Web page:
Siemens Healthineers has enjoyed a run of very strong results over recent quarters, even accounting for the disruption caused by the coronavirus pandemic. The Healthineers business, a market leader in many of its core segments, has exceeded most industry expectations since it announced its IPO from Siemens AG. This however leaves Siemens with a problem, albeit a rather good one: where can it go from here?

In its recent Capital Markets Day and Shape 22 presentations, Siemens Healthineers laid out its answer to this tricky question, and emphasised the technologies and strategy that it was going to rely on to power the next phase of its growth. This plan, which it has dubbed the New Ambition will focus on three areas, Patient Twinning, Digital, Data and AI, and Precision Therapy, and is hoped to bring together the different sides of Siemens Healthineers’ business to accelerate growth.

The Signify View

Siemens Healthineers’ imaging business has been very successful of late. Its most recent results (Q4 2021) showed revenues 12.7% higher than Q4 2020, and 6.2% higher than Q4 2019, before the Covid pandemic took hold, while its steady stream of product releases highlights its technical leadership in some market segments (most notably first to market with photon counting CT – see below). These successes are predominantly found in markets where there are well established mature healthcare customer groups, both in global terms, with the vendor performing strongly in mature markets, and in clinical terms, with Siemens being one of the go-to-vendors in radiology and general imaging.

However, if Siemens is going to achieve its new growth target of 6-8% per annum in the period between 2023-25, it will have to rely on growth from other areas. It is after all, according to its own figures, the market leader in CT, MRI, X-Ray and Molecular Imaging, so establishing strong footholds in new markets will be essential to build on this position. This will involve targeting less mature geographic markets, or less premium tiers of mature markets. This shift was illustrated by some of the products announced at the Shape 22 event, including the Magnetom Free.Star. This new 60cm bore MRI scanner with a field strength of 0.55 Tesla will offer a total cost of ownership around 30 percent less than comparable scanners. The new scanner is being positioned by Siemens to make the modality more accessible to the 50 percent of the global population that currently has no access to MRI.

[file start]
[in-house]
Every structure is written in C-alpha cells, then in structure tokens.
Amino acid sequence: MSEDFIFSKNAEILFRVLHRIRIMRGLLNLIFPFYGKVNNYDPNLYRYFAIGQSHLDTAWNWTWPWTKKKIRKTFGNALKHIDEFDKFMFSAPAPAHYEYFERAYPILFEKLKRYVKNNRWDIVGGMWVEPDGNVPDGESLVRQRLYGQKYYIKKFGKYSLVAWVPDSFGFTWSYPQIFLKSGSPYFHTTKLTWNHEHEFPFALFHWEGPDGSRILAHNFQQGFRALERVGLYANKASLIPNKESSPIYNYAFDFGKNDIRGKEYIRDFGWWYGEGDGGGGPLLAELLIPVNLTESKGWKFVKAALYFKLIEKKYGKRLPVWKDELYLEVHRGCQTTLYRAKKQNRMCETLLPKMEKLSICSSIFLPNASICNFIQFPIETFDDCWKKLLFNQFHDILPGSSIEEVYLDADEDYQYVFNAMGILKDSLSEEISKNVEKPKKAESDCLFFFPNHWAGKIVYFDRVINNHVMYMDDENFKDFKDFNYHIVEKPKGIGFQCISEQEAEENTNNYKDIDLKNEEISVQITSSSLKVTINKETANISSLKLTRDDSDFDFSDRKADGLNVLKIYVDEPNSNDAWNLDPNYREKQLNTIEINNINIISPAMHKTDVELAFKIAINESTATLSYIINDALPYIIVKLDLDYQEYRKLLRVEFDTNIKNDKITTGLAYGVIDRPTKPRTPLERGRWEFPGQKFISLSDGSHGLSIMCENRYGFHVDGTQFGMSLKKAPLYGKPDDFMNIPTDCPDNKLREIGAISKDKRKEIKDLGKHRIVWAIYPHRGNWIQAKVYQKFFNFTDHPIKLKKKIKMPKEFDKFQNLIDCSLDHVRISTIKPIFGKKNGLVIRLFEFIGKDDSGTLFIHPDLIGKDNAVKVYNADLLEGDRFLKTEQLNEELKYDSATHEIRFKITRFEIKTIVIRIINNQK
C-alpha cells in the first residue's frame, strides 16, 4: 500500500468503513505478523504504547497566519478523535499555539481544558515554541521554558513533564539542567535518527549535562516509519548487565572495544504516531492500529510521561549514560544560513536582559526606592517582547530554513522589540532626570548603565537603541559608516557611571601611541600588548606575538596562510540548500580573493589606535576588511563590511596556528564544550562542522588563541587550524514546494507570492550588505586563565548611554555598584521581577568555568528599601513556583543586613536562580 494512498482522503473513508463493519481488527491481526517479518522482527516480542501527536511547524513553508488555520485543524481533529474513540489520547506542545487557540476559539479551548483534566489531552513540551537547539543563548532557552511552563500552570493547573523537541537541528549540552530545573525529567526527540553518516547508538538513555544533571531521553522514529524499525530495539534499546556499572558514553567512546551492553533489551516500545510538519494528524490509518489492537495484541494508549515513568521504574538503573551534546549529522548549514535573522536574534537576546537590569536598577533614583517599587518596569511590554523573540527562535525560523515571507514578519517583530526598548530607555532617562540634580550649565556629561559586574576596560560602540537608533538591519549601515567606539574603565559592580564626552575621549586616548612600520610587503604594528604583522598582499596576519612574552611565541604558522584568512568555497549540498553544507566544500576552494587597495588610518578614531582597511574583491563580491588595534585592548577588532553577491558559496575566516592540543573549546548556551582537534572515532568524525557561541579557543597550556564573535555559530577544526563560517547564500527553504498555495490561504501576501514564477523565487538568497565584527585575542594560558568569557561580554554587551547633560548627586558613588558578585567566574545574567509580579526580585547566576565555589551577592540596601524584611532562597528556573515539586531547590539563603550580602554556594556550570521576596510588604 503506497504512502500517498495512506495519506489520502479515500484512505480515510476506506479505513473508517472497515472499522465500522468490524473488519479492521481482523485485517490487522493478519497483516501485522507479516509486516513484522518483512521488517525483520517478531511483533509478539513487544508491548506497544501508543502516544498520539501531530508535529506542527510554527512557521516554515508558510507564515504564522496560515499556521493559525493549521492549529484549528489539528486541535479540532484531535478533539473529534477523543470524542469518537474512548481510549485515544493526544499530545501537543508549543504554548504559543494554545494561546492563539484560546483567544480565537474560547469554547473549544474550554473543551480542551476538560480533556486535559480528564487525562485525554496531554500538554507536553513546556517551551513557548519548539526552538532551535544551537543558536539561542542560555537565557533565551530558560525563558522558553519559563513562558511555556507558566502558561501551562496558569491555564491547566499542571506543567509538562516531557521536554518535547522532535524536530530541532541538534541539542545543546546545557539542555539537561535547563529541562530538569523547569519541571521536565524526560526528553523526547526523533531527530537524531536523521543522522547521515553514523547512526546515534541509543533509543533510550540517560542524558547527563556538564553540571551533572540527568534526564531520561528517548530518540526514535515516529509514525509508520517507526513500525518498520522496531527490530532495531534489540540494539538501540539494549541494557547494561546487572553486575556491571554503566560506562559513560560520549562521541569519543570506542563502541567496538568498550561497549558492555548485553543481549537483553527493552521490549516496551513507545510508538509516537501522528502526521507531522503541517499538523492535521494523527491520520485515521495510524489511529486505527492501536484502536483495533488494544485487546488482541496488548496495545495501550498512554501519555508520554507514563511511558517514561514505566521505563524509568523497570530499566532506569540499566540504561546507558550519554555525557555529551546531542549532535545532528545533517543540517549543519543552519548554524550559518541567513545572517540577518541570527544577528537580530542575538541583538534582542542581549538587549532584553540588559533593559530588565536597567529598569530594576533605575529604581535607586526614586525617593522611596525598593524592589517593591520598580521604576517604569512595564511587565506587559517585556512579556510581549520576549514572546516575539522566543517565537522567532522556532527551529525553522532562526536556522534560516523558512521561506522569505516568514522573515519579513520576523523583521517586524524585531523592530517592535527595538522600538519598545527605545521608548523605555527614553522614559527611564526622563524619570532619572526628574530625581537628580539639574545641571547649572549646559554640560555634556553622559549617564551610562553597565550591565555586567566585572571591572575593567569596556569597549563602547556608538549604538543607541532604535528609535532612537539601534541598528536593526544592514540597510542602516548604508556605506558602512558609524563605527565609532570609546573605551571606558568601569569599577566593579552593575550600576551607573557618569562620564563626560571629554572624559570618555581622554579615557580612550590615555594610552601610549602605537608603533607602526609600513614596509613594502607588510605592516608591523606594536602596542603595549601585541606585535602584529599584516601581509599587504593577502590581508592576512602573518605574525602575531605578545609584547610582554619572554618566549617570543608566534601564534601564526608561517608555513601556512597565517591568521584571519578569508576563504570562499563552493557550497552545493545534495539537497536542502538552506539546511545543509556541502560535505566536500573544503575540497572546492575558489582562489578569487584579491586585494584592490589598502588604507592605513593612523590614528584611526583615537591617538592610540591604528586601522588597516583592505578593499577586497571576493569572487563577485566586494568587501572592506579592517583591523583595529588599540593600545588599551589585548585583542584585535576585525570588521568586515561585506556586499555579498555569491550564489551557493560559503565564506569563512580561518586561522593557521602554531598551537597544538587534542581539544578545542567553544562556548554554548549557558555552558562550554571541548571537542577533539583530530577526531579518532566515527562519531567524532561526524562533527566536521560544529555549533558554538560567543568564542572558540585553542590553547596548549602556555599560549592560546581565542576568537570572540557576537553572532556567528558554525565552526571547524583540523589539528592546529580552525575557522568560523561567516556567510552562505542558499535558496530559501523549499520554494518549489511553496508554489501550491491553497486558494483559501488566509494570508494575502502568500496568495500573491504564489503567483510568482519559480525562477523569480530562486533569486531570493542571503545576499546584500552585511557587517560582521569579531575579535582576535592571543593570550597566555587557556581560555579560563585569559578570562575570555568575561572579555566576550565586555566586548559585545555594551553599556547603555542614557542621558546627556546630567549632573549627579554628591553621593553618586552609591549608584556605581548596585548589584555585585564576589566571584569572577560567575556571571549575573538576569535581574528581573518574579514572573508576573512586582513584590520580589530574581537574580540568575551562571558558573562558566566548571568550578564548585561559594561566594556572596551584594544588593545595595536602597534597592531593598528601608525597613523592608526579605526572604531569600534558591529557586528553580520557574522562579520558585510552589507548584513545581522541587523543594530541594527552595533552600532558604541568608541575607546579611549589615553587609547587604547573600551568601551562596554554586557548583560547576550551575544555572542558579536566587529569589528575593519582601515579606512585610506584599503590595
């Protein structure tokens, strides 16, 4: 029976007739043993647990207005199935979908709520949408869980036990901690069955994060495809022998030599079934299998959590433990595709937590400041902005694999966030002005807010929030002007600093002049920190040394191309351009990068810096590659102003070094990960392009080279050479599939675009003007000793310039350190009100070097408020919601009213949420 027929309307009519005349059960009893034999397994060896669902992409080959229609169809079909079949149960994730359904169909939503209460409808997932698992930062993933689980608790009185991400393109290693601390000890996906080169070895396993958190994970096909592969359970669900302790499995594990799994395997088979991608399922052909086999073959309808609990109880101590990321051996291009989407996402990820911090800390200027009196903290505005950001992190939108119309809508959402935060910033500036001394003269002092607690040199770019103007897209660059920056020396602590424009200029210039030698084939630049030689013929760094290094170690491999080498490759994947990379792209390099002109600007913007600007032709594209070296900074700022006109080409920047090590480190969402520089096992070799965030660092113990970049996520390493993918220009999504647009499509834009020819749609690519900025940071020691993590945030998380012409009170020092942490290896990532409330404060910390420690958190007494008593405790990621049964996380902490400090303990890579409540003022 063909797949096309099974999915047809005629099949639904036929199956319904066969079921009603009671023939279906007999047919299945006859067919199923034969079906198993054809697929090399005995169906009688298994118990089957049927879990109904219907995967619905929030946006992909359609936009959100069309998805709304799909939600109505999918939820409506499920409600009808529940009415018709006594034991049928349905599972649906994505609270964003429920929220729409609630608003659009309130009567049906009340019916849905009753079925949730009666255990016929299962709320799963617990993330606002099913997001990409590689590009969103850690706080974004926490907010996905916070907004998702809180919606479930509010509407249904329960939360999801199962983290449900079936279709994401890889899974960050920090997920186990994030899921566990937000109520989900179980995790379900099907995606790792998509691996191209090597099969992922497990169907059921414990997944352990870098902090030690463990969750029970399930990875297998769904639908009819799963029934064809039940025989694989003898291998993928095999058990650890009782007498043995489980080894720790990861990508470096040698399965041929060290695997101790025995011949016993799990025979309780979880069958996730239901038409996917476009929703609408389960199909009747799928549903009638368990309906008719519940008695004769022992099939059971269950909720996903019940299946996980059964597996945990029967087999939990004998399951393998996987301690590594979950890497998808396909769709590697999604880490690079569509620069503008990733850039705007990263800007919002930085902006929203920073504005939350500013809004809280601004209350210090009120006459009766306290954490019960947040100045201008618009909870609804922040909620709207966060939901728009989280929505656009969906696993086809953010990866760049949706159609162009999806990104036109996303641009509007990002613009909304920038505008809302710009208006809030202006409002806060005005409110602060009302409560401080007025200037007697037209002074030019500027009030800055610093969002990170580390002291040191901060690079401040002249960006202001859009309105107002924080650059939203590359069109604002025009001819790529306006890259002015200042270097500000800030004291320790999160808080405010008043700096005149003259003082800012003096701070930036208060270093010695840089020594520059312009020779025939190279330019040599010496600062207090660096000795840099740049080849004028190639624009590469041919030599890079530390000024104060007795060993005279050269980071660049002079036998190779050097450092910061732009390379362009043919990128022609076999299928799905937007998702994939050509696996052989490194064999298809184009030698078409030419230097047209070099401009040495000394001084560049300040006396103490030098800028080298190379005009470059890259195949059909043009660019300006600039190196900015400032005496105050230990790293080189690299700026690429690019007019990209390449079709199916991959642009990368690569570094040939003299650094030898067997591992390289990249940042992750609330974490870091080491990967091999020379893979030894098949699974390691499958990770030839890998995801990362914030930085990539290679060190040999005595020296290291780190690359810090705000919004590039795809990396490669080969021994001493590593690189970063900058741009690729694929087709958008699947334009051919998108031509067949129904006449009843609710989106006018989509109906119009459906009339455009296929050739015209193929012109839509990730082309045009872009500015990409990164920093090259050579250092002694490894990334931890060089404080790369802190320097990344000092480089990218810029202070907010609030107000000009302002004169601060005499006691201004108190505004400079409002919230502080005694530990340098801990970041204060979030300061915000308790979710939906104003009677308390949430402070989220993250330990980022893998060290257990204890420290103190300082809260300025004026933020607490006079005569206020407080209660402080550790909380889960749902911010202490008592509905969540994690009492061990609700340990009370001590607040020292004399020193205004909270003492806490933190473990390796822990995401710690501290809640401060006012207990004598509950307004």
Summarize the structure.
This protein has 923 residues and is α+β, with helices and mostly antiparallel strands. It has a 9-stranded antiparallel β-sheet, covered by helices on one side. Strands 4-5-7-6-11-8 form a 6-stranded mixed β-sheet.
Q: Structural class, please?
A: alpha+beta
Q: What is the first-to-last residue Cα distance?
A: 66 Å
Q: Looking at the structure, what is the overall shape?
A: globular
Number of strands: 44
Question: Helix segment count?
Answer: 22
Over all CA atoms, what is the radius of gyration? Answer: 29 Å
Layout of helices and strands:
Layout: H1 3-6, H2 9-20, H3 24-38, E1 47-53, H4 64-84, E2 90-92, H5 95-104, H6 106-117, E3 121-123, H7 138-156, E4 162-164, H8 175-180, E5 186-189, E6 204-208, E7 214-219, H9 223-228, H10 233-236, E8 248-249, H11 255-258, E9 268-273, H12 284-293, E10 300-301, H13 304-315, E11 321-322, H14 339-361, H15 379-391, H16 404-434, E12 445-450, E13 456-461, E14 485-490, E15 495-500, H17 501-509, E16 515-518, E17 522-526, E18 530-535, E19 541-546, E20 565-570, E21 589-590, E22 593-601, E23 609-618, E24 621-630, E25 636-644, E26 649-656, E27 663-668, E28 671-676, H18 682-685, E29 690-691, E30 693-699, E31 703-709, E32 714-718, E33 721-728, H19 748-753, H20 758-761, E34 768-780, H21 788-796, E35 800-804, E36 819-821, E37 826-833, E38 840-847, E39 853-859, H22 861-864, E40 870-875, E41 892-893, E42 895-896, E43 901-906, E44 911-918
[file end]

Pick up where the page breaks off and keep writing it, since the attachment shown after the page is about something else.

The Magnetom Free.Star is the second product in the Magnetom Free line-up, following the Max, which was unveiled a year ago. Siemens Healthineers expects these products to expand MRI’s reach geographically, but also in targeting new clinical segments. Instead of MRI being focused only on radiology departments, Siemens hopes to derive revenues by selling into other care settings, such as orthopaedics, paediatric and emergency medicine for example.

Expanding Imaging

In addition to seeking new customers from outside its current core markets, Siemens also hopes to be able to use its innovation to drive new sales, and more lucrative sales at existing customers. The vendor was proudly promoting its Naetom Alpha scanner at the events. This, the world’s first photon-counting CT system, is indicative of how the vendor hopes to be able to drive increased spend at providers. It is an innovative new system which offers greater capability than other top end scanners. This will encourage providers to replace older systems for the new PCCT system, which will, initially at least, be sold at a significant premium (see FDA Approval Lets Siemens Make CT Count). Furthermore, photon counting CT produces a huge volume of data, which Siemens also hopes will encourage providers to also use more of its software portfolio, founded on the new Syngo Carbon interoperability platform.

Data will also form a key part of Siemens Healthineers’ New Ambition in other ways too. AI will play a major part in this strategy, and Siemens, arguably has the upper hand compared to some of its key competitors, which are increasingly looking to partner with third parties to add AI capabilities to their ecosystems. Siemens has instead predominantly been focused internally. The vendor now claims to have more than 60 AI enriched offerings, 1.3bn curated data sets and aims to provide solutions for anatomies covering 85% of imaging procedures by 2025, up from 35% today. This could be a real differentiator in supporting providers in tackling the challenges of today, with imaging volumes continuing to increase and a dwindling pool of clinician resource to interpret scans. Additionally, Siemens advances in AI are also set to help facilitate the targeting of new customers, who may not have the same training and experience as those in established imaging departments. Advanced clinical decision support tools will somewhat offset that lack of expertise and should smooth the transition of imaging modalities to new areas and new markets.